Monday was declared a national day of mourning by Russian President Vladimir Putin in the wake of raging floodwaters that ravaged the southern portion of the country and killed over 170 people. The interior ministry said the official death toll has reached 171, with 159 of those deaths coming in and around the city of Krymsk, which has 57,000 residents. Torrential rains caused a water surge of 23 feet while people slept on Friday night. Ten people died in Gelendzhik and two in Novorossiysk.
“People just ran from their homes because there was a huge wall of water,” one woman said.
Aside from the deceased, 320 people needed medical help, 104 of them having to be hospitalized. The day of mourning will also be for 14 Russian pilgrims who were killed when their bus crashed into a ditch while on the way to a Ukrainian monastery in an incident not related to the flood. There were 29 people who survived the accident.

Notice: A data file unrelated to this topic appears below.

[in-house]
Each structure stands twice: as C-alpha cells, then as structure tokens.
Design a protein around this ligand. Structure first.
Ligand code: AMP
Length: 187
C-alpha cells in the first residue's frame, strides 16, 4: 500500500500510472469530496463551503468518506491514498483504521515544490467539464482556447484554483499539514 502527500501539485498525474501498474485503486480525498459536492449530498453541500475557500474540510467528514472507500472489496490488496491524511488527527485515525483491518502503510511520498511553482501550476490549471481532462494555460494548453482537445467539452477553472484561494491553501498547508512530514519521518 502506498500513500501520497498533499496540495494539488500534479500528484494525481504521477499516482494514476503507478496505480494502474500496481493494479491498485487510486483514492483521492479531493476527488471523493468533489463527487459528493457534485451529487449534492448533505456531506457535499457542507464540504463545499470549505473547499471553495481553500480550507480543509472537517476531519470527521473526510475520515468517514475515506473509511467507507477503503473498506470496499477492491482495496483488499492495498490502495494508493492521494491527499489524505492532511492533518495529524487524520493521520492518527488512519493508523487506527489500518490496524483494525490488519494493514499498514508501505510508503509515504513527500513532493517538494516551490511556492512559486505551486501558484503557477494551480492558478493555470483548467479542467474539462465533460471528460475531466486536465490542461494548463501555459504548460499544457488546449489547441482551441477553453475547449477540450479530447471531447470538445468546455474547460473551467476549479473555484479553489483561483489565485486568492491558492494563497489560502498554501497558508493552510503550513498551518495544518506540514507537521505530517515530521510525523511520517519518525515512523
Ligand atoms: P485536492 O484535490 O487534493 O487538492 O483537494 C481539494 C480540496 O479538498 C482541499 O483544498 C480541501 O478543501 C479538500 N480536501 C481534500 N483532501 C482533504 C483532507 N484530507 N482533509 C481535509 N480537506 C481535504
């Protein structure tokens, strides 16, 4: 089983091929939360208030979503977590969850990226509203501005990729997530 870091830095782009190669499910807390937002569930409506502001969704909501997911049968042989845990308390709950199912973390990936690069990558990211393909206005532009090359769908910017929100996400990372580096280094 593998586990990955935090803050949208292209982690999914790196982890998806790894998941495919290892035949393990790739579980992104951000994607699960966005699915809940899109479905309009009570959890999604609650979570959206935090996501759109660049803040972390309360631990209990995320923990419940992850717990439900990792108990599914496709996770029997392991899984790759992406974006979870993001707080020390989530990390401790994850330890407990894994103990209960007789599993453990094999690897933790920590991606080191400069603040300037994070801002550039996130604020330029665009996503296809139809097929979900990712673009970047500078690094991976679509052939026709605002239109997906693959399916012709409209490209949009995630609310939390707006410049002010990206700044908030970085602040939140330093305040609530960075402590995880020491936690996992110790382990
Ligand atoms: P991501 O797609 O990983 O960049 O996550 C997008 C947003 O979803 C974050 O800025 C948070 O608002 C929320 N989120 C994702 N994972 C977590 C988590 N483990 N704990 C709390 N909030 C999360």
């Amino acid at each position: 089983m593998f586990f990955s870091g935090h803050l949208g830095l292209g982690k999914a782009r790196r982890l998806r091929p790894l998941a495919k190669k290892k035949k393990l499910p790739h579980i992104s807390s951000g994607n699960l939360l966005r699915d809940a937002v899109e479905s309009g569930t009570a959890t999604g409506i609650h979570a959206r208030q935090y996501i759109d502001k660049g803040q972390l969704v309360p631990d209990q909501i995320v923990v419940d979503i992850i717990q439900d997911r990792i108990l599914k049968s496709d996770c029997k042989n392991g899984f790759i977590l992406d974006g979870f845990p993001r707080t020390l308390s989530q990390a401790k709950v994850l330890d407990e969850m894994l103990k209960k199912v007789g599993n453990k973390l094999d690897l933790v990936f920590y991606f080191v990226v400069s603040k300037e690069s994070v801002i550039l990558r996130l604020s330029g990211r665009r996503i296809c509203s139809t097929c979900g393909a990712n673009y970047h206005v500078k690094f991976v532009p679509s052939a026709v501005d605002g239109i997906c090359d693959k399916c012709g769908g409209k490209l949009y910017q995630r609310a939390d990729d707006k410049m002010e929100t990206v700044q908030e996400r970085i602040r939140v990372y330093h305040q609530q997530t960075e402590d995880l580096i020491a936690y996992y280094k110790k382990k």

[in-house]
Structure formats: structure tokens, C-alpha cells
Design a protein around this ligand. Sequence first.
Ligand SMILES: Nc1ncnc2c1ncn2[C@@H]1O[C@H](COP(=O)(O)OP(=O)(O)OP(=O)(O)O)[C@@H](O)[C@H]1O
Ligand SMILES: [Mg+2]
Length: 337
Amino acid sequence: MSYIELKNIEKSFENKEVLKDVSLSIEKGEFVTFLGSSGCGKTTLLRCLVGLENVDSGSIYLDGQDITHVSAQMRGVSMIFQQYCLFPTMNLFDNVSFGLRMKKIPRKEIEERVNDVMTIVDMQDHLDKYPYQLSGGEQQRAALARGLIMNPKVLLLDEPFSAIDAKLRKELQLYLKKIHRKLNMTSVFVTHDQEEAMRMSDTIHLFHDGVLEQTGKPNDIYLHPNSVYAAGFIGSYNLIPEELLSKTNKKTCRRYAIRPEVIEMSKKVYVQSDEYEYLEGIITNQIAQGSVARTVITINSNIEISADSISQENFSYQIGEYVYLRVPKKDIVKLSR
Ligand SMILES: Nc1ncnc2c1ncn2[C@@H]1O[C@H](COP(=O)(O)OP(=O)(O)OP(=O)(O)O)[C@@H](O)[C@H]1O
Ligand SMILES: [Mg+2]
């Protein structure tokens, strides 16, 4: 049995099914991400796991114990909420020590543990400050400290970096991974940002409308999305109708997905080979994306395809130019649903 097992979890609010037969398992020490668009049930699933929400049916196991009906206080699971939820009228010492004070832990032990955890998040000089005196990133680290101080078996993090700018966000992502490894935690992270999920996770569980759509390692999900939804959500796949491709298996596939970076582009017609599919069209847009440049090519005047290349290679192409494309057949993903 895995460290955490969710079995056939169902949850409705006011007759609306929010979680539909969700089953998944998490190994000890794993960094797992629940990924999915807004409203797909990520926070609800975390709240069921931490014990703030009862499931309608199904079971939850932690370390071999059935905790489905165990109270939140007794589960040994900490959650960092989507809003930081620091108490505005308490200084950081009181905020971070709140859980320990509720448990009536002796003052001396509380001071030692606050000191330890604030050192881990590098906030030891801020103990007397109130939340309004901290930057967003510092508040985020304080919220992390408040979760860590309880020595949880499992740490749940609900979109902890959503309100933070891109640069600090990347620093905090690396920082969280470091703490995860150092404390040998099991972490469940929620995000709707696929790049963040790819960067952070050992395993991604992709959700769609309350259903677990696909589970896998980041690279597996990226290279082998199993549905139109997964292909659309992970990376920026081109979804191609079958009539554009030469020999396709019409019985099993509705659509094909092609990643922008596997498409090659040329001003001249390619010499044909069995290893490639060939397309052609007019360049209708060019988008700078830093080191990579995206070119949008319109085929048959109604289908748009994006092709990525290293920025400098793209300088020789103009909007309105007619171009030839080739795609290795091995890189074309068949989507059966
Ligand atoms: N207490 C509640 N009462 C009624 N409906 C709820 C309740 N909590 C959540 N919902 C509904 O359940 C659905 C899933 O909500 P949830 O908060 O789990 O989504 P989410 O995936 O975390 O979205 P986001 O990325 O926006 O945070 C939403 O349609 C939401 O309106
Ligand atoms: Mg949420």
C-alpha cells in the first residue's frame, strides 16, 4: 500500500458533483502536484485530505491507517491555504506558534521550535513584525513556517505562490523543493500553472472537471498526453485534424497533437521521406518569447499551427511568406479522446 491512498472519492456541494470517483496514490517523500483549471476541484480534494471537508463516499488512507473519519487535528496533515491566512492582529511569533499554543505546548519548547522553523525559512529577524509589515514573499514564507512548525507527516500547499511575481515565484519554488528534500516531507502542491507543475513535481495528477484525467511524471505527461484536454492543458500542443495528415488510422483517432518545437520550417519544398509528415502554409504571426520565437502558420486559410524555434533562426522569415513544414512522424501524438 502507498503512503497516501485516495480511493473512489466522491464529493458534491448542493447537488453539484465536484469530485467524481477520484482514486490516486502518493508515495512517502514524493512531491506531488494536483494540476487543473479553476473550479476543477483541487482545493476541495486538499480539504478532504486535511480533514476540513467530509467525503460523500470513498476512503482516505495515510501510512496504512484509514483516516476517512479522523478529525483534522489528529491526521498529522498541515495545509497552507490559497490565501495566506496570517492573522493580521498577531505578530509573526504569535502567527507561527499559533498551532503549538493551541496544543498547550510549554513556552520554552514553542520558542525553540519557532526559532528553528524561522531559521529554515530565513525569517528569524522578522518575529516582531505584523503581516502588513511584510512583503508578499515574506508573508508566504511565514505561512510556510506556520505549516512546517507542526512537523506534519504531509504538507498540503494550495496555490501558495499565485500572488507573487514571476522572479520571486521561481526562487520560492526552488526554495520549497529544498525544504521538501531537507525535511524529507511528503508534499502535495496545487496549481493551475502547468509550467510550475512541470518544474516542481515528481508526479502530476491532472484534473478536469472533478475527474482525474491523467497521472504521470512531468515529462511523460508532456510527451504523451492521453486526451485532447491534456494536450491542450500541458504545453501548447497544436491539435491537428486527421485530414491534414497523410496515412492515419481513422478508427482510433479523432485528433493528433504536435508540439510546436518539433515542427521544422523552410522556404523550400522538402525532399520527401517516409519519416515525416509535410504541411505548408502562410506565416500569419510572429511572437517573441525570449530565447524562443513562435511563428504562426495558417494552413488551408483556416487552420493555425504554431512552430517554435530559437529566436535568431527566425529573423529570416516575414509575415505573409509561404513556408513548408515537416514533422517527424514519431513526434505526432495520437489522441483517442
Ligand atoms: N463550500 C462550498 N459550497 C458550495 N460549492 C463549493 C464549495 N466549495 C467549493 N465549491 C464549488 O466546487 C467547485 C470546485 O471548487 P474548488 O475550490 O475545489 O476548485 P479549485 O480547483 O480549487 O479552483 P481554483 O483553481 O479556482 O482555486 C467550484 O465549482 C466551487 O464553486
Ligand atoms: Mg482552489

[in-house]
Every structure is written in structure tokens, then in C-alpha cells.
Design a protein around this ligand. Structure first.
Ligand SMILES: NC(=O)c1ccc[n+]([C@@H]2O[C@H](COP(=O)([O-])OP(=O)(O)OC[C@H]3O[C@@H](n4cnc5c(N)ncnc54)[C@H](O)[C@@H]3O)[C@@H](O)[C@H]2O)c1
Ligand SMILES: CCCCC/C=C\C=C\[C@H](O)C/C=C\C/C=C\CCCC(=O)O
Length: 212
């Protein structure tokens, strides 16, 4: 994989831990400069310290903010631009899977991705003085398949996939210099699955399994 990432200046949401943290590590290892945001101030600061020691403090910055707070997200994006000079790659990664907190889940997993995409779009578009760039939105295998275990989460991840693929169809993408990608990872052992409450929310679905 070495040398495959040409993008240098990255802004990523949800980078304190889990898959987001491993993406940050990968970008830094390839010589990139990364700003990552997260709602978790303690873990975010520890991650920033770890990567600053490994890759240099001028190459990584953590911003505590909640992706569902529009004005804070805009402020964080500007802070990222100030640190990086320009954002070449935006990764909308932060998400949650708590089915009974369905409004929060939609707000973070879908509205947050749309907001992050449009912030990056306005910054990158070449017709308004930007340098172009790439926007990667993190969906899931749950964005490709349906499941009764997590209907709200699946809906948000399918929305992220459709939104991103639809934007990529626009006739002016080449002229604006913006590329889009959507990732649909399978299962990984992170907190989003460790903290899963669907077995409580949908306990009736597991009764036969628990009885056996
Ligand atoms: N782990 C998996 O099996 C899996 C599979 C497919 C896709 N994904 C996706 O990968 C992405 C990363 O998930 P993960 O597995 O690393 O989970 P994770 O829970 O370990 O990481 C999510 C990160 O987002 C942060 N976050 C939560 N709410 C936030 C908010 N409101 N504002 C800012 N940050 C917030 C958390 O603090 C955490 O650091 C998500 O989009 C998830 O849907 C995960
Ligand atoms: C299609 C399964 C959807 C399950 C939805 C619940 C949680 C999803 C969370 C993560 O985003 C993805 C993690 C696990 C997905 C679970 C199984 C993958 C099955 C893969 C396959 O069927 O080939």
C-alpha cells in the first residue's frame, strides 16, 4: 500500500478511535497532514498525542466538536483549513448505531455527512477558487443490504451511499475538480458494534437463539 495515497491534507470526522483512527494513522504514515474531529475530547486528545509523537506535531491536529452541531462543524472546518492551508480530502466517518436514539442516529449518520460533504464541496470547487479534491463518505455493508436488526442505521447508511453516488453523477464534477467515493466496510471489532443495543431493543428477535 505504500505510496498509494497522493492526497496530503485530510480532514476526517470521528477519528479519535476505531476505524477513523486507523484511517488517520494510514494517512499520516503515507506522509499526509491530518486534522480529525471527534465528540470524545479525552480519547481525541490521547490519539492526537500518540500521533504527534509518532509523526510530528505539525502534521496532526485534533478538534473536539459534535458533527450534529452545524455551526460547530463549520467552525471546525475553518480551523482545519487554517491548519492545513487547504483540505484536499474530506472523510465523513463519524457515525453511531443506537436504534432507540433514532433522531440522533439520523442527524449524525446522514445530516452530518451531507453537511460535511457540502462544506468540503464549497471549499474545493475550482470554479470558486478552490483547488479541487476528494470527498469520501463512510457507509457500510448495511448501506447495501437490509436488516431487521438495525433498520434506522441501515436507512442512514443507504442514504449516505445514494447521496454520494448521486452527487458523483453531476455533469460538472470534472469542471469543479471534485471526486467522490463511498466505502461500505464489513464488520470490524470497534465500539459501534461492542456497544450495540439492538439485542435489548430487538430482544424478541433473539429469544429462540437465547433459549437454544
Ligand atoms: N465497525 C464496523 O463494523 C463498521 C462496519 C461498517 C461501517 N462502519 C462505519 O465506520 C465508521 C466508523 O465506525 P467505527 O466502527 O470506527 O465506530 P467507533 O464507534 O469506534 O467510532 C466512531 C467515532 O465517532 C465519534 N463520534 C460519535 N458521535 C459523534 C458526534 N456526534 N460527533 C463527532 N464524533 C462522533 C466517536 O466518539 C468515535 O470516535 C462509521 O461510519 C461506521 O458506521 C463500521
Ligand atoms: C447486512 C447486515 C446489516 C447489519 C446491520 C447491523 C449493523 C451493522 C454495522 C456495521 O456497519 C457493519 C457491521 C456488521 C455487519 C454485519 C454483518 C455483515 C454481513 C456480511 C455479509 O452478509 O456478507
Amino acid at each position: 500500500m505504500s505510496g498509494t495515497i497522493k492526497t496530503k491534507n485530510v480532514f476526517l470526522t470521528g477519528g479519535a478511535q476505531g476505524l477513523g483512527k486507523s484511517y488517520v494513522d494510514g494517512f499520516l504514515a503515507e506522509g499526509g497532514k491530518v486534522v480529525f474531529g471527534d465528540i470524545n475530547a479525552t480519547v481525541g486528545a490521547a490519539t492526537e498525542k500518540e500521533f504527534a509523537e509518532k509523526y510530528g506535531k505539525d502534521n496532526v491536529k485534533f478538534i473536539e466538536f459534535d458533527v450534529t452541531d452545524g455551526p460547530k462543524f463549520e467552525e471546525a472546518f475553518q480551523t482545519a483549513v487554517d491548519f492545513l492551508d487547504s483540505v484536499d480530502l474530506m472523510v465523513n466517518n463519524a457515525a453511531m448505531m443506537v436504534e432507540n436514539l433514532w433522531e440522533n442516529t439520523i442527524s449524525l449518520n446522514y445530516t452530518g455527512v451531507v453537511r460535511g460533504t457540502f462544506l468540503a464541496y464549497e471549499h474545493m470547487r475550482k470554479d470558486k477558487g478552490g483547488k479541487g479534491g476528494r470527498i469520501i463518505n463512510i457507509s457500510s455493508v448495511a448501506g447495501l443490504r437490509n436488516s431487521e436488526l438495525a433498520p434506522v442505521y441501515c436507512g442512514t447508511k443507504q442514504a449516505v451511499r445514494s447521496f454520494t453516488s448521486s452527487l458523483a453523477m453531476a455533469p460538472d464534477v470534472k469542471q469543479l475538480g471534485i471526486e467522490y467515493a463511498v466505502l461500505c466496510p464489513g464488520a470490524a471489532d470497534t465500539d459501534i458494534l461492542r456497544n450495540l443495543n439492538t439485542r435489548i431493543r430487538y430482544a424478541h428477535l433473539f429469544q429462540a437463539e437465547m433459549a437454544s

In Gelendzhik, five people were electrocuted when power lines collapsed into the flood waters. Witnesses said that a man trying to cross a puddle was electrocuted and then four people trying to help him were electrocuted and killed from the current of the wires. Survivors of the floods are not faring any better as they are living without power, water, damaged roads and less than adequate communication. Some 5,000 homes have been flooded with 254 completely destroyed by the water.
“The scale of it is spectacular, to be sure, and very tragic. The water came with such force that it tore up the asphalt,” Krasnodar Gov. Alexander Tkachov said.
Government officials have been making promises to the tens of thousands of people affected by the floods even though more rain is on the horizon. Beginning Monday, each person whose home has been destroyed will be receiving $304 apiece. Tkachov also said at a public meeting that the government will “build … a new home for you in three to four months, before the beginning of the cold period.”
The United States has also promised support after it posted a statement on the Facebook page of the U.S. Embassy of Moscow. The statement said that Washington is “ready to help the Russian government” as the recovery efforts get underway.
It has been reported that a criminal investigation is underway that will determine if Russian officials were negligent for failing to warn citizens of the potential flooding issues. There are also 166,000 people in Chechnya without power from strong winds and heavy rains recently.